Your con may have additional spaces: At Anime Weekend Atlanta, Safe Spaces are designated with a teal ribbon (which is the ribbon for anxiety and ptsd awareness) and the words “Safe Space” on them. Hospitality Services offers space to both crew and con goers. Accessibility Services has designated areas as well. Check with your convention to see what resources are available.
If you or someone you know is struggling, here are some quick tips and coping strategies:
Get connected. In the world of mental-health, even tiny moments of connection and understanding can have a tremendous impact for someone who might be struggling. It is too easy to suffer silently. It may seem preferable to isolate. Instead, reach out to your friends–the people you trust. There’s no harm in saying, “I’m having a hard time with this. I think I need a minute.”
Similarly, let your friends know you care. If you should happen to see someone struggling, don’t try to fix them. Ask them if they’re okay. If they want to talk about it, just listen. Don’t offer solutions. Don’t try to diagnose. Don’t try to fix anything. Simply listen to your friend. Let them know you care for them, and that you will support them in their journey towards being emotionally healthy.
Remember your boundaries with other people. In your day to day life, you have developed coping skills to help you deal with other people and stressors. These don’t have to fall away simply because you are at con. Remember what your triggers and warning signs look like. Avoid the drama llamas who you know might be triggering. Don’t be afraid to share your boundaries with your con buddies, so they can help you enforce them as well.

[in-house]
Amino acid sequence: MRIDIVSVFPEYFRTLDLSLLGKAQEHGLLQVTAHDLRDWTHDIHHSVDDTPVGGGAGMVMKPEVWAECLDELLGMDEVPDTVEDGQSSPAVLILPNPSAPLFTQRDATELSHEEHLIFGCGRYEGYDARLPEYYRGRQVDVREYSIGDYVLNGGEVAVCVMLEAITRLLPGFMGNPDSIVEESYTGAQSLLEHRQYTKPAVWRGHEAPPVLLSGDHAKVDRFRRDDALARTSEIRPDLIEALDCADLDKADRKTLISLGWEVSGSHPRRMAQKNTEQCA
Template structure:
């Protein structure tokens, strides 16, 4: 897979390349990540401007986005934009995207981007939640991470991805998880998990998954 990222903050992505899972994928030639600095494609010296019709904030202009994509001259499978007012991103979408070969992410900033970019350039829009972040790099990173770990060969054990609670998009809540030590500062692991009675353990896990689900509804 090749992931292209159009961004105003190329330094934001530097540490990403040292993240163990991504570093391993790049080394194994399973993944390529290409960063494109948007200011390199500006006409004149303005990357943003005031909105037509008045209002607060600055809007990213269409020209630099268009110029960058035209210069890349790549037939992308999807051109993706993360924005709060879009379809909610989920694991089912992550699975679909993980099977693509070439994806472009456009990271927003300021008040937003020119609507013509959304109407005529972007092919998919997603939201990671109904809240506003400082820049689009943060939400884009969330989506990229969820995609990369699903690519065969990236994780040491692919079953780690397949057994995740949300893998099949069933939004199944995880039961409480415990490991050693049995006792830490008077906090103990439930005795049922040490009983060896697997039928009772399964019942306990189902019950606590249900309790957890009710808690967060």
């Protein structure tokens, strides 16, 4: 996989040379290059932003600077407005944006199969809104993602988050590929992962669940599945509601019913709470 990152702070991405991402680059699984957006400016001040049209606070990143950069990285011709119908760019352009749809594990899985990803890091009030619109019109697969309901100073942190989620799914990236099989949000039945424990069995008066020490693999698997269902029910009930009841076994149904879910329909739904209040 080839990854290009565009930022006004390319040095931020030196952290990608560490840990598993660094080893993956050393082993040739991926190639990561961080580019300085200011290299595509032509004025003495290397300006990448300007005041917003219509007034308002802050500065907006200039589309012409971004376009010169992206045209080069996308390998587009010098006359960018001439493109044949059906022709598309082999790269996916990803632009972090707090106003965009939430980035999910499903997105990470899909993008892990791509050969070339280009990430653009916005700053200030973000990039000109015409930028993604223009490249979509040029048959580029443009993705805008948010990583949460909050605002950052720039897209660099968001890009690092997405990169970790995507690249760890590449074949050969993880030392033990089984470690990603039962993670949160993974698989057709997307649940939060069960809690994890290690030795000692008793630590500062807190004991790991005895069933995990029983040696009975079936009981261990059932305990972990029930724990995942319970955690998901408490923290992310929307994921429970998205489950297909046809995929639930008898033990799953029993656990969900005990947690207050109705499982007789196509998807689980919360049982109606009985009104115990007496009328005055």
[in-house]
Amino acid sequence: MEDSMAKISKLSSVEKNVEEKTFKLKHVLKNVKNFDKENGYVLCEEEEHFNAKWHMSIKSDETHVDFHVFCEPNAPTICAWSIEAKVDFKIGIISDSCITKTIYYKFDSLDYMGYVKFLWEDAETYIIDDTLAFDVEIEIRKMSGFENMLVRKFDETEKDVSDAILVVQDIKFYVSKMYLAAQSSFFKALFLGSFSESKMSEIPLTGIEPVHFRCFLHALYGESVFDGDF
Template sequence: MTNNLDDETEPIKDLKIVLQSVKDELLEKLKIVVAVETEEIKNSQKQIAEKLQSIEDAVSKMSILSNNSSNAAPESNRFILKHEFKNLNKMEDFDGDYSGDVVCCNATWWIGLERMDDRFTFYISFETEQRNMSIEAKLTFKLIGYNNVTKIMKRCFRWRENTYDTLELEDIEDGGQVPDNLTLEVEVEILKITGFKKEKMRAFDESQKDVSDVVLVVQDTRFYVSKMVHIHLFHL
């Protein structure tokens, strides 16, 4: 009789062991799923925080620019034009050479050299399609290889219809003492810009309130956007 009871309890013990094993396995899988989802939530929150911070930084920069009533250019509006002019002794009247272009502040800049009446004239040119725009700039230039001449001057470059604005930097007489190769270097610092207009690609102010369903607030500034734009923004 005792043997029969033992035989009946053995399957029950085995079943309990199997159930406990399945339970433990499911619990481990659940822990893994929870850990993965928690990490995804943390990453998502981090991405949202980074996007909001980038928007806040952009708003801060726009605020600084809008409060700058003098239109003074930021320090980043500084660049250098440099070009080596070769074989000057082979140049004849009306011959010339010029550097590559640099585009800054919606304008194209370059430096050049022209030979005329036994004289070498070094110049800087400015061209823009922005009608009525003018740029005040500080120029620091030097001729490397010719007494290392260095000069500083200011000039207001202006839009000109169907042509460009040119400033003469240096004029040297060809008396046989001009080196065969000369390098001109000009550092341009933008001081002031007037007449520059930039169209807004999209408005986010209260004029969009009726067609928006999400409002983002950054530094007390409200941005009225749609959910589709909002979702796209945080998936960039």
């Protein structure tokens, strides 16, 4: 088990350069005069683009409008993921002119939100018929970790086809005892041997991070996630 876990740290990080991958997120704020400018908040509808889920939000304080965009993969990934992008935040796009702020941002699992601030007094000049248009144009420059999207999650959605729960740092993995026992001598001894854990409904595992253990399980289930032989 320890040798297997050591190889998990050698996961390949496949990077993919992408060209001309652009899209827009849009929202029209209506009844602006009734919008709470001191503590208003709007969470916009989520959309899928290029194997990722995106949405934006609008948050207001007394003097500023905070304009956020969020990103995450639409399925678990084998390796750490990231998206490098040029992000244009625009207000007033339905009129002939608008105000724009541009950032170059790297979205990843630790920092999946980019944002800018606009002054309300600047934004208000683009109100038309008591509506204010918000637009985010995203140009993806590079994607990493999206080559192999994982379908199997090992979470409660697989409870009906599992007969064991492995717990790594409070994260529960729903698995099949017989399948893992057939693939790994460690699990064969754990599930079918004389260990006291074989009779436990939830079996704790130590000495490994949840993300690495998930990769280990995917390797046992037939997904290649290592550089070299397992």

Know your healthy patterns, keep to them as much as you can at con. How much sleep do you usually need to keep your mental health on track? How much daily caffeine do you normally take? When and how much do you eat on a daily basis to keep healthy? When you’re at con, it’s too easy to deviate from “normal,” and you will crash, which brings an end to your fun. Stick to your routine as much as you are able.
If you can’t stick to your regular routine, please Eat Healthy and Take Rest. Give your body the resources it needs to be healthy. If you eat poorly, don’t get enough water, and run yourself into the ground, your body will find ways to make you stop and rest even if you don’t want to. Or worse, you might become a grumpy bastard if you don’t get enough sleep and try to compensate with too much caffeine. (Trust us, nothing good comes of this.) So plan accordingly, employ the 5-2-1 rule, and treat yourself right.
TAKE YOUR MEDS! Do we really need to tell you this? You know what happens when you don’t take your meds? Bad things. Bad things happen. Take your freakin’ meds, already. Sheesh.